Limits...
Heavy metals in vegetables: screening health risks involved in cultivation along wastewater drain and irrigating with wastewater.

Sharma A, Katnoria JK, Nagpal AK - Springerplus (2016)

Bottom Line: Not just the crops irrigated with wastewater are hazardous, in present study, we have found that vegetables growing in vicinity of wastewater drain are also not safe for human consumption.Cadmium, a potential carcinogen was found in concentrations higher than permissible limits in many vegetables from all sites.Concentration of copper and lead in vegetable samples from different sites exhibited no statistically significant difference with respect to different sites.

View Article: PubMed Central - PubMed

Affiliation: Department of Botanical and Environmental Sciences, Guru Nanak Dev University, Amritsar, Punjab 143005 India.

ABSTRACT
Irrigation of agricultural land with wastewater leads to continuous buildup of metals at these sites which gets accumulated in the vegetables and crops growing on these sites. Not just the crops irrigated with wastewater are hazardous, in present study, we have found that vegetables growing in vicinity of wastewater drain are also not safe for human consumption. The risk associated with consumption of vegetables was assessed by calculating hazard quotient and results revealed that the hazard quotient for leafy and tuberous vegetables was higher than the safe limits in all the sites irrespective of mode of irrigation. Spinach was the most hazardous among all as the hazard quotient with respect to cobalt and copper was highest in spinach. Uptake trend of metals in all vegetables: Iron > Cobalt > Copper > Cadmium > Lead. Cadmium, a potential carcinogen was found in concentrations higher than permissible limits in many vegetables from all sites. Highest level of cadmium (1.20 mg/kg) and copper (81.33 mg/kg) was reported in site which was in vicinity of waste water drain but irrigated with ground water. Concentration of copper and lead in vegetable samples from different sites exhibited no statistically significant difference with respect to different sites.

No MeSH data available.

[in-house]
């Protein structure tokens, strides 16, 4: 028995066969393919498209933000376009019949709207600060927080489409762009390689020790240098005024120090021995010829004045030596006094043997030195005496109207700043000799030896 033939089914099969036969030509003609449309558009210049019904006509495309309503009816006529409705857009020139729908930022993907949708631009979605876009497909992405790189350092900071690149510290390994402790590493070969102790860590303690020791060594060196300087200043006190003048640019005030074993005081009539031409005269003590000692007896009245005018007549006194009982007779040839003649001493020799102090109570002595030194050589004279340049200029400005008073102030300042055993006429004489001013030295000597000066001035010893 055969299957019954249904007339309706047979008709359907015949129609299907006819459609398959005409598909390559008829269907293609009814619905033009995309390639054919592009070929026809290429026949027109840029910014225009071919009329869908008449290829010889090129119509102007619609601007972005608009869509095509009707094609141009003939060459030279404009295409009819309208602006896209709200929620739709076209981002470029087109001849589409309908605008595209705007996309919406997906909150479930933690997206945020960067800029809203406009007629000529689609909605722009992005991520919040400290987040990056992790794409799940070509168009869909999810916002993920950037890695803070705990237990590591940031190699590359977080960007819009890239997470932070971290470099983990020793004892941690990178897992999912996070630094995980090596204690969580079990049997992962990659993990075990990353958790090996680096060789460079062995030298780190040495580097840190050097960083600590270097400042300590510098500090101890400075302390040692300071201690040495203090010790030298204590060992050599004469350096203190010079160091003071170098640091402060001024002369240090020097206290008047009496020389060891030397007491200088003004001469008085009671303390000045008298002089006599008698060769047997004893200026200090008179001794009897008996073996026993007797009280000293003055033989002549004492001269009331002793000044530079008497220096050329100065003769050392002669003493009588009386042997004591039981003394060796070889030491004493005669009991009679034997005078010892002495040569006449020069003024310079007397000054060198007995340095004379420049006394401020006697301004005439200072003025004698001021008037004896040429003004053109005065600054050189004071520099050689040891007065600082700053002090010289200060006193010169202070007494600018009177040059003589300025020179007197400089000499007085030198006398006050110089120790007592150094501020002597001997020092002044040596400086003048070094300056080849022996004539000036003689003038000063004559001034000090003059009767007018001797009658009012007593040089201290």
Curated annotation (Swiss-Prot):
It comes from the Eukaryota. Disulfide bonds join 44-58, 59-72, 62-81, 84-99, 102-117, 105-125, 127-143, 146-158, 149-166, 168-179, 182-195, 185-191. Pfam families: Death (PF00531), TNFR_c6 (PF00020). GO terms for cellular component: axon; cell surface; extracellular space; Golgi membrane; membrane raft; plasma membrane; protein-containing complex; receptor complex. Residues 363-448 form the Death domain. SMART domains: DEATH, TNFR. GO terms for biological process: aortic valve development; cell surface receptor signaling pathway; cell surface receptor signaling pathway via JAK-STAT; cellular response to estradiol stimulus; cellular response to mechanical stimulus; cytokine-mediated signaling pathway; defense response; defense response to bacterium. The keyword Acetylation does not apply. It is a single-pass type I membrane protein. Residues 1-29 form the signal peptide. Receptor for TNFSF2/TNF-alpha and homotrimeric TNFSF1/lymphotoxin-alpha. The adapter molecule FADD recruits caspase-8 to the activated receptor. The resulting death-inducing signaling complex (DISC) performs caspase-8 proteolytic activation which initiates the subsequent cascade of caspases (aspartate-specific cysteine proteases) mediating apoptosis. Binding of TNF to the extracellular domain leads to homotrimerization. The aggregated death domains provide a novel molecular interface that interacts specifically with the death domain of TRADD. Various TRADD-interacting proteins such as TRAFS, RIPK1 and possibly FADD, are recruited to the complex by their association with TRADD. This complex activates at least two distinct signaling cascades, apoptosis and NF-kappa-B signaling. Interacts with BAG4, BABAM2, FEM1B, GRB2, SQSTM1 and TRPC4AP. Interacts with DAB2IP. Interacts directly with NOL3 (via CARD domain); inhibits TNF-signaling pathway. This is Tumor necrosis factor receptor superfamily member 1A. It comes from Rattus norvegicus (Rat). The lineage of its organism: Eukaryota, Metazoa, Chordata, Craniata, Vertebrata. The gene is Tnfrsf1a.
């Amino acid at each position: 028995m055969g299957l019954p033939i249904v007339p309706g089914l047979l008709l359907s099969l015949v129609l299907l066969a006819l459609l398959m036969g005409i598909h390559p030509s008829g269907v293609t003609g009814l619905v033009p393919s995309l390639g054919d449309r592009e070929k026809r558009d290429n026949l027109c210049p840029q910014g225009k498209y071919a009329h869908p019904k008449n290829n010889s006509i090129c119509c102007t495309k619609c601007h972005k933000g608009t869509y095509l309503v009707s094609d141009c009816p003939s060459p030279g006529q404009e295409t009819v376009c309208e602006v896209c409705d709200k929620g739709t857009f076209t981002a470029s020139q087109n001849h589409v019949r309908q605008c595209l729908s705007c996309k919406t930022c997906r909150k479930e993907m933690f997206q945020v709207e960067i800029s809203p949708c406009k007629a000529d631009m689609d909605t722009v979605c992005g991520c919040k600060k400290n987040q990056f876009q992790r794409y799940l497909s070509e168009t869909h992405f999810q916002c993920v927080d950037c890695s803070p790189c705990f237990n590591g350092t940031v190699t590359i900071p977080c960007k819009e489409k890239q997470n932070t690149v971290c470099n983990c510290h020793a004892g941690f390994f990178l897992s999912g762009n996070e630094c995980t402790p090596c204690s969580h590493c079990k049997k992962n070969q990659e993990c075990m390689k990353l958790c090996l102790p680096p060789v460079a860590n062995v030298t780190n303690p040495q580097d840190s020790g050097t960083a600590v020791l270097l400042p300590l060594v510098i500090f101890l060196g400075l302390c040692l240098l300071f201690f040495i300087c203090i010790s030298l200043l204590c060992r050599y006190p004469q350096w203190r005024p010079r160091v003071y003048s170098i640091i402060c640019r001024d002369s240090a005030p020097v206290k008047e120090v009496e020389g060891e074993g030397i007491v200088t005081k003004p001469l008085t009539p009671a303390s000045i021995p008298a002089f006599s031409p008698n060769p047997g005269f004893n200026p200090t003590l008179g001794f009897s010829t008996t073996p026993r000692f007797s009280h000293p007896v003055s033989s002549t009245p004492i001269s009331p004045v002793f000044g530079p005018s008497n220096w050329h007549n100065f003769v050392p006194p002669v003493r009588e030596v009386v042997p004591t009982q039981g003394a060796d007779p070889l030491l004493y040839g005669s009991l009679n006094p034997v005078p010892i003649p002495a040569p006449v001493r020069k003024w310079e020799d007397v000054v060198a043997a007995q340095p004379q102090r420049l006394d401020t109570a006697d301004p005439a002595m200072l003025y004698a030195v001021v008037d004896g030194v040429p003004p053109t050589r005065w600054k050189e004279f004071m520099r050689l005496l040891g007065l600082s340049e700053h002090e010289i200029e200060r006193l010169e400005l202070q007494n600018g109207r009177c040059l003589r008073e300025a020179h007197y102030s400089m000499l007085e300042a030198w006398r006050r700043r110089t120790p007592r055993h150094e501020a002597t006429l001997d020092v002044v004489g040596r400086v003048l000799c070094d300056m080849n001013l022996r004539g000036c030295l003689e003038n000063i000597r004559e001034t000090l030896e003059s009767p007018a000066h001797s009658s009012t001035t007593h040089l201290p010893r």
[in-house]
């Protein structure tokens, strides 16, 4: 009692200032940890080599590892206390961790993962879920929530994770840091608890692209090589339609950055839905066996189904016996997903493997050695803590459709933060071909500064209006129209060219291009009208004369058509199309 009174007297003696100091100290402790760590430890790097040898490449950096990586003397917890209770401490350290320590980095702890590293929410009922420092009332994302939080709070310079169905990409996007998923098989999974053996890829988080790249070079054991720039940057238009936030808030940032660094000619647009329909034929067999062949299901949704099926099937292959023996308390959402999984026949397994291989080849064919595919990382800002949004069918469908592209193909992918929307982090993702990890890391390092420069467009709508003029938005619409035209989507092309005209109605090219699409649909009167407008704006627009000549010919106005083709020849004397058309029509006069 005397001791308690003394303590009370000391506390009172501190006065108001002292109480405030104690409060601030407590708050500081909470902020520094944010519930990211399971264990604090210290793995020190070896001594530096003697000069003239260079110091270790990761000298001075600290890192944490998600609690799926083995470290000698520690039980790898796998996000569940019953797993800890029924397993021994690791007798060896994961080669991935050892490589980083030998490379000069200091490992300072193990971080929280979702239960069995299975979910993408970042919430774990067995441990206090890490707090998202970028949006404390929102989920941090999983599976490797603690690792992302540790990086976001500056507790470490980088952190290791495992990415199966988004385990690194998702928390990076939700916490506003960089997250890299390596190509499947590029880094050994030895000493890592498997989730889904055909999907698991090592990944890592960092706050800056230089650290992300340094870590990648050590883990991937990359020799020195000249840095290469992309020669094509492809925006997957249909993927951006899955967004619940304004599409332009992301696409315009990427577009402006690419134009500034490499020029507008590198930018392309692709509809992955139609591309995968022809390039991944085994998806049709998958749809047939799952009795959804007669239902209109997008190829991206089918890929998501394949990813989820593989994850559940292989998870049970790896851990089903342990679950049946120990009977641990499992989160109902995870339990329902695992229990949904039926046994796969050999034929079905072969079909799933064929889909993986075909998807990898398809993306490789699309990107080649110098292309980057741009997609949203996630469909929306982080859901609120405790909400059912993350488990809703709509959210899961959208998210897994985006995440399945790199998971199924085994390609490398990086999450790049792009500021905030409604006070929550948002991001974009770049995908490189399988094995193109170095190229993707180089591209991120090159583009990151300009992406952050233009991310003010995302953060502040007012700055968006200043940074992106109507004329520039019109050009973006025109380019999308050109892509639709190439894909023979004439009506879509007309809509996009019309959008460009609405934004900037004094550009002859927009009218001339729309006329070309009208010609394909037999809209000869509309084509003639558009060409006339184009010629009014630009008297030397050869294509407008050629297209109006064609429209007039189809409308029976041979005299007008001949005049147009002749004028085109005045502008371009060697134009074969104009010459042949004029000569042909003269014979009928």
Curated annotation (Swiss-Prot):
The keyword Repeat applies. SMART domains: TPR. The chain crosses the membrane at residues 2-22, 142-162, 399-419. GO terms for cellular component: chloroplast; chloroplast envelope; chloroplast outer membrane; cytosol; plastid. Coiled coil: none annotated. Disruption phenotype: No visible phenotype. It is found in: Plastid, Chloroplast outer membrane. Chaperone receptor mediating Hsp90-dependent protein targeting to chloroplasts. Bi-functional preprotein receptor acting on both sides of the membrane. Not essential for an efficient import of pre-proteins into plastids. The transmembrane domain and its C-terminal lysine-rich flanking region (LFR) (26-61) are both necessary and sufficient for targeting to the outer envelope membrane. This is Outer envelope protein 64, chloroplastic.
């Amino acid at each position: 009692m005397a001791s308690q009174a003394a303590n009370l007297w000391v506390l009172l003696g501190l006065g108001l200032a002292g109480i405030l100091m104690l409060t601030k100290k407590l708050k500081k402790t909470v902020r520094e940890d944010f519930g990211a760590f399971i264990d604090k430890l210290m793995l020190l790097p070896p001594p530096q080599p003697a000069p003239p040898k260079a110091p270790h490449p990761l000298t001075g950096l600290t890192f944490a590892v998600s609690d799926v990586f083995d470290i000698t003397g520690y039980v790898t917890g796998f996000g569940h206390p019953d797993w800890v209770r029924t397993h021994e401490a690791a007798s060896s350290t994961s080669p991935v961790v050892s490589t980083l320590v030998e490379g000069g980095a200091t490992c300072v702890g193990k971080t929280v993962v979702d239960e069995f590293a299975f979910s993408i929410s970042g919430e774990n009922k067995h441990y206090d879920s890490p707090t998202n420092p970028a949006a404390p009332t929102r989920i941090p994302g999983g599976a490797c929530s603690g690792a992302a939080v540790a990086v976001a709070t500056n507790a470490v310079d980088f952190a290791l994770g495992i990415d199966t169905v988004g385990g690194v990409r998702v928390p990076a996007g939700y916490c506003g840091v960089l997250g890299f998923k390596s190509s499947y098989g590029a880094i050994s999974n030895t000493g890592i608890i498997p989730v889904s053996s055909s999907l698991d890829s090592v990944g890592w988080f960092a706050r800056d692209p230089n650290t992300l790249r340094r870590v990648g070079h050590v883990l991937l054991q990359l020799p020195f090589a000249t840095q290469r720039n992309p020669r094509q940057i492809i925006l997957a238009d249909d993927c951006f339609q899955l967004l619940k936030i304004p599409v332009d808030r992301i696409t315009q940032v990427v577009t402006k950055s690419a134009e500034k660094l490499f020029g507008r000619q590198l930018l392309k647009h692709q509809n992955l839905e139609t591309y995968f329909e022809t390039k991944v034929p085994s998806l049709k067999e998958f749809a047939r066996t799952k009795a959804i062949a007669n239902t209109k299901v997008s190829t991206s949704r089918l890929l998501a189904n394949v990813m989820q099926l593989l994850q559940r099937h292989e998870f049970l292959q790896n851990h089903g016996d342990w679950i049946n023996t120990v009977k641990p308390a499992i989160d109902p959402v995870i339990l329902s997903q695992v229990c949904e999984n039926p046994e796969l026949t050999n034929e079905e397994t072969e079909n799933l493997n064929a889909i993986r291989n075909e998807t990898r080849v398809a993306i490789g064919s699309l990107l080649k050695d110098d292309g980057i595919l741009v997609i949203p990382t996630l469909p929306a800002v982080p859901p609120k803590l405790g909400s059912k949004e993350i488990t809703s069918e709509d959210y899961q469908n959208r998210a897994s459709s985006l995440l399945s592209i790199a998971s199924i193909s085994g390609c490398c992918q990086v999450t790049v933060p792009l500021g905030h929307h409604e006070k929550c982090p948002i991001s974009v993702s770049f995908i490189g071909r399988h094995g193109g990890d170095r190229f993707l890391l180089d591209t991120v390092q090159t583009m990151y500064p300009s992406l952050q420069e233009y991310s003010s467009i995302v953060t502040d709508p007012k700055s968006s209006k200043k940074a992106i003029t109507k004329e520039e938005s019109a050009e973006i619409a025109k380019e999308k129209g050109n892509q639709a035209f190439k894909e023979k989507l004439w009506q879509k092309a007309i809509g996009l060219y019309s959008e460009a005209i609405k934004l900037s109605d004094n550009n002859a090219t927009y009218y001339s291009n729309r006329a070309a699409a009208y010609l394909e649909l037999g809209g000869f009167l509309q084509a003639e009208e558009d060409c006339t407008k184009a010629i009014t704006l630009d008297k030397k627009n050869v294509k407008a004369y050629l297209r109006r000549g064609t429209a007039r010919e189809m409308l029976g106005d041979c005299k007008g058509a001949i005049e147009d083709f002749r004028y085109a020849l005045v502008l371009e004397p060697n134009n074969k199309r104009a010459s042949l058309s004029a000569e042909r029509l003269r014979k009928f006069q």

Description of sites
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Fig1: Description of sites

Mentions: Three sites under vegetable cultivation were selected on the basis of exposure to wastewater. From each site the samples were collected from different fields under vegetable cultivation. The sites are represented in Fig. 1. The drains in consideration are highlighted with blue color.Fig. 1


Heavy metals in vegetables: screening health risks involved in cultivation along wastewater drain and irrigating with wastewater.

Sharma A, Katnoria JK, Nagpal AK - Springerplus (2016)

Description of sites
© Copyright Policy - OpenAccess
Related In: Results  -  Collection

License
Show All Figures
getmorefigures.php?uid=PMC4837749&req=5

Fig1: Description of sites
Mentions: Three sites under vegetable cultivation were selected on the basis of exposure to wastewater. From each site the samples were collected from different fields under vegetable cultivation. The sites are represented in Fig. 1. The drains in consideration are highlighted with blue color.Fig. 1

Bottom Line: Not just the crops irrigated with wastewater are hazardous, in present study, we have found that vegetables growing in vicinity of wastewater drain are also not safe for human consumption.Cadmium, a potential carcinogen was found in concentrations higher than permissible limits in many vegetables from all sites.Concentration of copper and lead in vegetable samples from different sites exhibited no statistically significant difference with respect to different sites.

View Article: PubMed Central - PubMed

Affiliation: Department of Botanical and Environmental Sciences, Guru Nanak Dev University, Amritsar, Punjab 143005 India.

ABSTRACT
Irrigation of agricultural land with wastewater leads to continuous buildup of metals at these sites which gets accumulated in the vegetables and crops growing on these sites. Not just the crops irrigated with wastewater are hazardous, in present study, we have found that vegetables growing in vicinity of wastewater drain are also not safe for human consumption. The risk associated with consumption of vegetables was assessed by calculating hazard quotient and results revealed that the hazard quotient for leafy and tuberous vegetables was higher than the safe limits in all the sites irrespective of mode of irrigation. Spinach was the most hazardous among all as the hazard quotient with respect to cobalt and copper was highest in spinach. Uptake trend of metals in all vegetables: Iron > Cobalt > Copper > Cadmium > Lead. Cadmium, a potential carcinogen was found in concentrations higher than permissible limits in many vegetables from all sites. Highest level of cadmium (1.20 mg/kg) and copper (81.33 mg/kg) was reported in site which was in vicinity of waste water drain but irrigated with ground water. Concentration of copper and lead in vegetable samples from different sites exhibited no statistically significant difference with respect to different sites.

No MeSH data available.